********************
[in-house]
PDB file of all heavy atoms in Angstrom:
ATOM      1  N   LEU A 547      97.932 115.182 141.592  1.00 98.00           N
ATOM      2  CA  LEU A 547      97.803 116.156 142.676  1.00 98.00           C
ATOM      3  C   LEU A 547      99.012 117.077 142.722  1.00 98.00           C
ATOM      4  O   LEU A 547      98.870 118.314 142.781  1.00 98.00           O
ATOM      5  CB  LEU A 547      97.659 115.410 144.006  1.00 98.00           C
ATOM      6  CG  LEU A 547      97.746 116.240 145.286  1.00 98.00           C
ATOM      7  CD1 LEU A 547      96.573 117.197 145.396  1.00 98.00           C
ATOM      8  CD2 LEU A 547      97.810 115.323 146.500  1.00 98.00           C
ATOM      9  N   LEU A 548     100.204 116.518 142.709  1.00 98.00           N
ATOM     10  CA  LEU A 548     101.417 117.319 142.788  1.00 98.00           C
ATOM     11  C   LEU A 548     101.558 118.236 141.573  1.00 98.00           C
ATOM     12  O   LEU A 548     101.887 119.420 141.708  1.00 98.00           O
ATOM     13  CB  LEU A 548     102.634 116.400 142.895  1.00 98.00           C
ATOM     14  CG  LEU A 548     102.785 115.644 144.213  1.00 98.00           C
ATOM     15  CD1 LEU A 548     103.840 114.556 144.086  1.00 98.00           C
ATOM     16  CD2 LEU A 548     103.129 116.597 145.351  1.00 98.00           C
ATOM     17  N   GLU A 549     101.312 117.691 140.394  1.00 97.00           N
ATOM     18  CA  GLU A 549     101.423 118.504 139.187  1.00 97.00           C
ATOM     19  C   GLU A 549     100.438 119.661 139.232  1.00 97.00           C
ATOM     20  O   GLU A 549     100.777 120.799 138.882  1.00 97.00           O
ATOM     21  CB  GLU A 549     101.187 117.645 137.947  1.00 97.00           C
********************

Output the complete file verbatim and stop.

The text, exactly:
[in-house]
PDB file of all heavy atoms in Angstrom:
ATOM      1  N   LEU A 547      97.932 115.182 141.592  1.00 98.00           N
ATOM      2  CA  LEU A 547      97.803 116.156 142.676  1.00 98.00           C
ATOM      3  C   LEU A 547      99.012 117.077 142.722  1.00 98.00           C
ATOM      4  O   LEU A 547      98.870 118.314 142.781  1.00 98.00           O
ATOM      5  CB  LEU A 547      97.659 115.410 144.006  1.00 98.00           C
ATOM      6  CG  LEU A 547      97.746 116.240 145.286  1.00 98.00           C
ATOM      7  CD1 LEU A 547      96.573 117.197 145.396  1.00 98.00           C
ATOM      8  CD2 LEU A 547      97.810 115.323 146.500  1.00 98.00           C
ATOM      9  N   LEU A 548     100.204 116.518 142.709  1.00 98.00           N
ATOM     10  CA  LEU A 548     101.417 117.319 142.788  1.00 98.00           C
ATOM     11  C   LEU A 548     101.558 118.236 141.573  1.00 98.00           C
ATOM     12  O   LEU A 548     101.887 119.420 141.708  1.00 98.00           O
ATOM     13  CB  LEU A 548     102.634 116.400 142.895  1.00 98.00           C
ATOM     14  CG  LEU A 548     102.785 115.644 144.213  1.00 98.00           C
ATOM     15  CD1 LEU A 548     103.840 114.556 144.086  1.00 98.00           C
ATOM     16  CD2 LEU A 548     103.129 116.597 145.351  1.00 98.00           C
ATOM     17  N   GLU A 549     101.312 117.691 140.394  1.00 97.00           N
ATOM     18  CA  GLU A 549     101.423 118.504 139.187  1.00 97.00           C
ATOM     19  C   GLU A 549     100.438 119.661 139.232  1.00 97.00           C
ATOM     20  O   GLU A 549     100.777 120.799 138.882  1.00 97.00           O
ATOM     21  CB  GLU A 549     101.187 117.645 137.947  1.00 97.00           C